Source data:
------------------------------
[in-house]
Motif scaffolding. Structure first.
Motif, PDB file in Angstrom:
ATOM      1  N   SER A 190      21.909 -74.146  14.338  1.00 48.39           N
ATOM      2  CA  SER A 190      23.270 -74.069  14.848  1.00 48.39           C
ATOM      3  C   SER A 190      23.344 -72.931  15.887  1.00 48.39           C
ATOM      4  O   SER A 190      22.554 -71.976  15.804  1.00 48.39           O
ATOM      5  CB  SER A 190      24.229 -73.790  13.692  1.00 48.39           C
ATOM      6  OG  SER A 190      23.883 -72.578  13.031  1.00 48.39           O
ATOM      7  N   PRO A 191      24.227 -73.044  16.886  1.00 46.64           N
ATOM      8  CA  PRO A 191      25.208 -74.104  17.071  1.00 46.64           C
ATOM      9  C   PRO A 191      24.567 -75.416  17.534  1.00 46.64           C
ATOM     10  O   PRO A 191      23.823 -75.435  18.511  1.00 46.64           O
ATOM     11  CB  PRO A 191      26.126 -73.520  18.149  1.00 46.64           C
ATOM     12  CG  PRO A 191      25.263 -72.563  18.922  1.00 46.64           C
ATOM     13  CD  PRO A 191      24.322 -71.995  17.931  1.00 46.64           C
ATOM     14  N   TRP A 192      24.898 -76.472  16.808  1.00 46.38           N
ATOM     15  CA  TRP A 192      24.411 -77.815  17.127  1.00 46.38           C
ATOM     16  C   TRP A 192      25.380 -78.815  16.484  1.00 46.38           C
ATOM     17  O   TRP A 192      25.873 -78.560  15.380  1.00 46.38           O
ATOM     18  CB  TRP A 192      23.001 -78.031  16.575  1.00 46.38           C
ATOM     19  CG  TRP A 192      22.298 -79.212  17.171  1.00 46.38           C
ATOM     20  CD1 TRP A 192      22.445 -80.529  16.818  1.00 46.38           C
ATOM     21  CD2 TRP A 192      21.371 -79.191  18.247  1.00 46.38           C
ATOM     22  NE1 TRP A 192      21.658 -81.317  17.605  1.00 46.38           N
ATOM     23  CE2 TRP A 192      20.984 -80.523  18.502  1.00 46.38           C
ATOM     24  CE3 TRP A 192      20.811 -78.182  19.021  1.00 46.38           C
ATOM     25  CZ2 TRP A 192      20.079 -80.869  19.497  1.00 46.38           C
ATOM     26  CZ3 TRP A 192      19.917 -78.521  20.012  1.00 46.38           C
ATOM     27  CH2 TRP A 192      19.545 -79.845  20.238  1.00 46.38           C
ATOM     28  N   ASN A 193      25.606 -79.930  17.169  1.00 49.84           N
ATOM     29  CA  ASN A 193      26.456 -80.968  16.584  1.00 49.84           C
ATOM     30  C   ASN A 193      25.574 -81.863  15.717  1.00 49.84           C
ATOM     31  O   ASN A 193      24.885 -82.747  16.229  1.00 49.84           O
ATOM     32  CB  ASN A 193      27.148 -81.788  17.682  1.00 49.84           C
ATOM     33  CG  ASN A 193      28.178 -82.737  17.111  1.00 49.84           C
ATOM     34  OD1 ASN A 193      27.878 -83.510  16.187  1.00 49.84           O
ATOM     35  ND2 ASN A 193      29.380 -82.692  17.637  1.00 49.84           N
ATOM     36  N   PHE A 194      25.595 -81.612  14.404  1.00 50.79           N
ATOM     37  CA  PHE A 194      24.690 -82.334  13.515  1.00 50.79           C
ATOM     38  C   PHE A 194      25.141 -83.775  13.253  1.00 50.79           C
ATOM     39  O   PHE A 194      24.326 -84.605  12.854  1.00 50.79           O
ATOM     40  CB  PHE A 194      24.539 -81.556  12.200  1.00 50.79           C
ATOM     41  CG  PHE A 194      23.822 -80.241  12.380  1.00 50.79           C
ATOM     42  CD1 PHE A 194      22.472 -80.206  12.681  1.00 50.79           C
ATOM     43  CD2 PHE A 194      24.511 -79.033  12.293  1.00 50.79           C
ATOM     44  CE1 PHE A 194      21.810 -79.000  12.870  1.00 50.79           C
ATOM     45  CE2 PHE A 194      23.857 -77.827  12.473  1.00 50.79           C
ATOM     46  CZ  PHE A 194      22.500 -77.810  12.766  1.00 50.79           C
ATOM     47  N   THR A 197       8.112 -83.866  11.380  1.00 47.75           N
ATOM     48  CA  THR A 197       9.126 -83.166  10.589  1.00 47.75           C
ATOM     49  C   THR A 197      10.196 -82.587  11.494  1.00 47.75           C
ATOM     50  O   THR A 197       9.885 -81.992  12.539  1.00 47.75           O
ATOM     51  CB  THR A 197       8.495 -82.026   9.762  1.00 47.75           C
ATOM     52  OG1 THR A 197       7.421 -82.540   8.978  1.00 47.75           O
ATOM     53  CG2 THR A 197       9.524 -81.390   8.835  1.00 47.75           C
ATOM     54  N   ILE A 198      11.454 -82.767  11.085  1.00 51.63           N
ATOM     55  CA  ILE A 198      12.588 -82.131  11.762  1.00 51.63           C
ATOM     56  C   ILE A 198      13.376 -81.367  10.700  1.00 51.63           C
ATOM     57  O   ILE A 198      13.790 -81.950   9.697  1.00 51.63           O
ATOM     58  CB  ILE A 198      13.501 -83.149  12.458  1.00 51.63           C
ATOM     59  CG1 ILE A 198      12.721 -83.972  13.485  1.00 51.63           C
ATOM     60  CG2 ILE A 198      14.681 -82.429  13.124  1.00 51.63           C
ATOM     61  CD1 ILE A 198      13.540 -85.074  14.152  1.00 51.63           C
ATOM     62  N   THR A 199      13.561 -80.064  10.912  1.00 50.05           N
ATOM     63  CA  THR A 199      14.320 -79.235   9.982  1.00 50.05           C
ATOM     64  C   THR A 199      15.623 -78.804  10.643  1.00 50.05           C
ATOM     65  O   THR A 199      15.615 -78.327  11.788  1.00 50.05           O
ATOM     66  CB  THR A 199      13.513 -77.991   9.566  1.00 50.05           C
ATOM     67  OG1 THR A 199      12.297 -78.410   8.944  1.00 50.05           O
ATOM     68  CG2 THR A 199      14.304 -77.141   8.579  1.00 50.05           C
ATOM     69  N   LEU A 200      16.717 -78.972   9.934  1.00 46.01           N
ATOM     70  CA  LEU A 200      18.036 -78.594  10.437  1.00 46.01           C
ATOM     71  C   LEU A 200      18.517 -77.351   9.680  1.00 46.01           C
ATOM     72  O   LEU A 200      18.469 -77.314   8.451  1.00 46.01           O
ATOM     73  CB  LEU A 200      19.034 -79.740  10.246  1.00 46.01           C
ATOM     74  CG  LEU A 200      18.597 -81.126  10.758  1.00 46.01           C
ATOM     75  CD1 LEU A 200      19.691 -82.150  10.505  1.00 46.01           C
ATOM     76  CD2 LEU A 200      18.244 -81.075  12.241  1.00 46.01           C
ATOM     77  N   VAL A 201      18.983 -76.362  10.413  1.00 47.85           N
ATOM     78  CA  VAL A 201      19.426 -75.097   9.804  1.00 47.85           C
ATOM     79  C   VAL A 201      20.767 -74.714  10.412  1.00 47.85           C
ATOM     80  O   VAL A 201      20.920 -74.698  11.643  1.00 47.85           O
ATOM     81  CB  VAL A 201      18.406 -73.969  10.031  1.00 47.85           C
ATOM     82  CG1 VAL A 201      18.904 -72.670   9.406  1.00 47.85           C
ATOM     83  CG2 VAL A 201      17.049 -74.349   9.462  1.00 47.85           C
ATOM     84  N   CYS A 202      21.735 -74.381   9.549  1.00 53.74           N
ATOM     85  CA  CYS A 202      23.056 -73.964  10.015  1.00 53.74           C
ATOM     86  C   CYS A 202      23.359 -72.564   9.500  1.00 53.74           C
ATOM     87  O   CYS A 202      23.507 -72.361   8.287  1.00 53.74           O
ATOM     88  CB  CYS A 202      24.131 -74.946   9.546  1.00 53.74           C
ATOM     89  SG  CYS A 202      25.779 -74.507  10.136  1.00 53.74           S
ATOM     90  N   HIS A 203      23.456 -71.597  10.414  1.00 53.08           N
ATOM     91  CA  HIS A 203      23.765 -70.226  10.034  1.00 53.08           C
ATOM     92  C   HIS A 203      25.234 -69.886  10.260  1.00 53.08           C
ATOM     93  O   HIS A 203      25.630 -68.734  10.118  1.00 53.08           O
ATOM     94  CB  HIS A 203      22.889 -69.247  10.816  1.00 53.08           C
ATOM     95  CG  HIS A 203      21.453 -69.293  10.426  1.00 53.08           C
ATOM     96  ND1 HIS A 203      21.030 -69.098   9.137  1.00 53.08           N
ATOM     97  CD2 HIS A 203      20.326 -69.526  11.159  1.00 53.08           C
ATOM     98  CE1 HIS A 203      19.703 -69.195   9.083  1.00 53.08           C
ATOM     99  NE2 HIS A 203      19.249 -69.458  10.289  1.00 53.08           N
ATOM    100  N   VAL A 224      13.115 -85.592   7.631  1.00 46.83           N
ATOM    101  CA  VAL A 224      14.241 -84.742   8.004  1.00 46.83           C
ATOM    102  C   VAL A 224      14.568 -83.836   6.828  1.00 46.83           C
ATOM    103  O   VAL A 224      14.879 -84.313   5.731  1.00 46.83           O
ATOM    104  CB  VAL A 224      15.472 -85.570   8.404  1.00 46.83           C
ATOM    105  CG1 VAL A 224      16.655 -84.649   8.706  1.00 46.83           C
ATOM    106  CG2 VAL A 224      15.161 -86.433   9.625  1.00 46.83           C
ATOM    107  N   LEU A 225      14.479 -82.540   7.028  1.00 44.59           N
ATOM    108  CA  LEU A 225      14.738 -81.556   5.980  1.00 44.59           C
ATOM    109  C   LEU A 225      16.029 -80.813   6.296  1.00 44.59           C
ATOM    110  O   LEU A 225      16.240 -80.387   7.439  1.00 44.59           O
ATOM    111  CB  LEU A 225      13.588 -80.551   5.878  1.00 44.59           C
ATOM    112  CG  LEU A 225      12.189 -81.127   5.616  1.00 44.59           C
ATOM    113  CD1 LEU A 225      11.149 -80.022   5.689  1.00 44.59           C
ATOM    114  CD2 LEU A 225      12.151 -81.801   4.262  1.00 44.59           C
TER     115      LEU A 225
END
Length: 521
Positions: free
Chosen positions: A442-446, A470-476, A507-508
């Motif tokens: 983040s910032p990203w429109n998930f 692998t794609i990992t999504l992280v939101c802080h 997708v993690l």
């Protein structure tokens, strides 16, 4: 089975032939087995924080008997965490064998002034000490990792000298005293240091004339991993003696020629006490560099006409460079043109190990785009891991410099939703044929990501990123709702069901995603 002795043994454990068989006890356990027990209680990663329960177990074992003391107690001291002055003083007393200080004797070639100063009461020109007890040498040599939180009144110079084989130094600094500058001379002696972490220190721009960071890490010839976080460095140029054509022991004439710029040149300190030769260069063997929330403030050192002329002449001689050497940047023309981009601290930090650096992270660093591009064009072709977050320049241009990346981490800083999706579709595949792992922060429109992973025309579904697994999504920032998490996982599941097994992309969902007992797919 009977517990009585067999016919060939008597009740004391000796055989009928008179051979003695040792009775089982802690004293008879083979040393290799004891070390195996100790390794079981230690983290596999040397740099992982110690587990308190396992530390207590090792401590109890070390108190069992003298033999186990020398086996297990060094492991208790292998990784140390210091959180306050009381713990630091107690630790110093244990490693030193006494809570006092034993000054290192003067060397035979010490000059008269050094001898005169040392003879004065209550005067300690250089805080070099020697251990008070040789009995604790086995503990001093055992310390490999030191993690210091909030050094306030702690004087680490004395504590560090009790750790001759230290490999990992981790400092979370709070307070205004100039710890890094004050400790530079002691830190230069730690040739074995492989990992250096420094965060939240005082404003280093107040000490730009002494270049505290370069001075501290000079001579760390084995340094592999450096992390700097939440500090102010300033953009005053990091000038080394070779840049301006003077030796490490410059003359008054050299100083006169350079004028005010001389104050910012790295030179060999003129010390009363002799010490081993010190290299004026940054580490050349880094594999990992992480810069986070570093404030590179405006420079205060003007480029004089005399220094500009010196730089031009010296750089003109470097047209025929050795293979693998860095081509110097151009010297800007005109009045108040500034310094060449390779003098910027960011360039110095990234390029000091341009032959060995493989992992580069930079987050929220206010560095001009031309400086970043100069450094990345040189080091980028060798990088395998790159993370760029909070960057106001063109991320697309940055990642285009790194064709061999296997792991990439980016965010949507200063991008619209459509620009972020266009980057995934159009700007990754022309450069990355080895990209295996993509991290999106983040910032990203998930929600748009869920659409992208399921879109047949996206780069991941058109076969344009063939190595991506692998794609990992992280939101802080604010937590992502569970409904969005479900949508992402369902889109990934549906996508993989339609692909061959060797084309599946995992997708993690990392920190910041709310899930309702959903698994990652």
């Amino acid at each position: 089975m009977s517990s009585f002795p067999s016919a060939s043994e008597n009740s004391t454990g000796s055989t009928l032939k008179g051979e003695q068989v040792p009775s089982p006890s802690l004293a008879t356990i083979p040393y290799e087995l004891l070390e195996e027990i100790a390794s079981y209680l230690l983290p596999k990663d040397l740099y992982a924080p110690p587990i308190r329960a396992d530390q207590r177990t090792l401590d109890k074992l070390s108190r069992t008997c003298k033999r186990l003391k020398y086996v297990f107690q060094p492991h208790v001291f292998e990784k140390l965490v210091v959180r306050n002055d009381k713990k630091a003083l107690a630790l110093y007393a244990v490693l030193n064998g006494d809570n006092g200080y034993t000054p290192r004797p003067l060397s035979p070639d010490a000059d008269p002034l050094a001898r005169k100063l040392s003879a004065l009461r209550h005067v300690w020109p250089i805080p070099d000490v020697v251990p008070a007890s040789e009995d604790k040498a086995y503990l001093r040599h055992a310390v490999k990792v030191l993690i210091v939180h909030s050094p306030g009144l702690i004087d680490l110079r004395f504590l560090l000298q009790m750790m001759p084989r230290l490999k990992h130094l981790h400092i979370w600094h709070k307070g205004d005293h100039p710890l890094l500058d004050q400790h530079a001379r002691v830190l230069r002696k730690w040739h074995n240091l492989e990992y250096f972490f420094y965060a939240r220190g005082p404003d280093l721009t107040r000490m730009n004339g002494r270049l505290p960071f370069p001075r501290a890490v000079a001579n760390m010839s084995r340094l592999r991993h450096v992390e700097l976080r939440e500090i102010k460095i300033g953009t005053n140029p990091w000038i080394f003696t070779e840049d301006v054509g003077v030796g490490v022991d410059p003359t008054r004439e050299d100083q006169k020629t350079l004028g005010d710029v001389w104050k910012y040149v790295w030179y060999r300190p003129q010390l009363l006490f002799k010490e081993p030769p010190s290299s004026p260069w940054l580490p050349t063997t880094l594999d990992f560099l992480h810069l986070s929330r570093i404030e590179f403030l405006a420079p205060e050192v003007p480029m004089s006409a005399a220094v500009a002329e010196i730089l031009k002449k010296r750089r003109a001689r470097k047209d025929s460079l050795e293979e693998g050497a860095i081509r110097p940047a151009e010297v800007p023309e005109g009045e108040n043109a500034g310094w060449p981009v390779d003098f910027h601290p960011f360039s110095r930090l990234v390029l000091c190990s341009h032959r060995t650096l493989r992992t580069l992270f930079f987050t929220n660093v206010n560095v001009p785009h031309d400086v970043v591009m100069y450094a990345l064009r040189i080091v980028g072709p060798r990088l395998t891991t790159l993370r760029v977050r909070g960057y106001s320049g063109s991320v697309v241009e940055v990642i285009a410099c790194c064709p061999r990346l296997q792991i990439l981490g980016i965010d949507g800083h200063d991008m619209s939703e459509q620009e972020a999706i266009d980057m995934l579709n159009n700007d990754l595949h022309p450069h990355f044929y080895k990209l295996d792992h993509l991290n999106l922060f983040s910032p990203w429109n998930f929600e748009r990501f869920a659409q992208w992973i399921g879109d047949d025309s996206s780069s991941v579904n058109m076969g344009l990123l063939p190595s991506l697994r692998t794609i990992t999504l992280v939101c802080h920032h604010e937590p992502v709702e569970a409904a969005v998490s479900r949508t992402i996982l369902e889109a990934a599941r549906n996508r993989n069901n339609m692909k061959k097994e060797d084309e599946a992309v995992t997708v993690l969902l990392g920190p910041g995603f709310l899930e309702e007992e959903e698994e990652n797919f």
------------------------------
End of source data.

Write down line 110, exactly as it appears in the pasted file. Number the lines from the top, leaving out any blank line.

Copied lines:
ATOM    107  N   LEU A 225      14.479 -82.540   7.028  1.00 44.59           N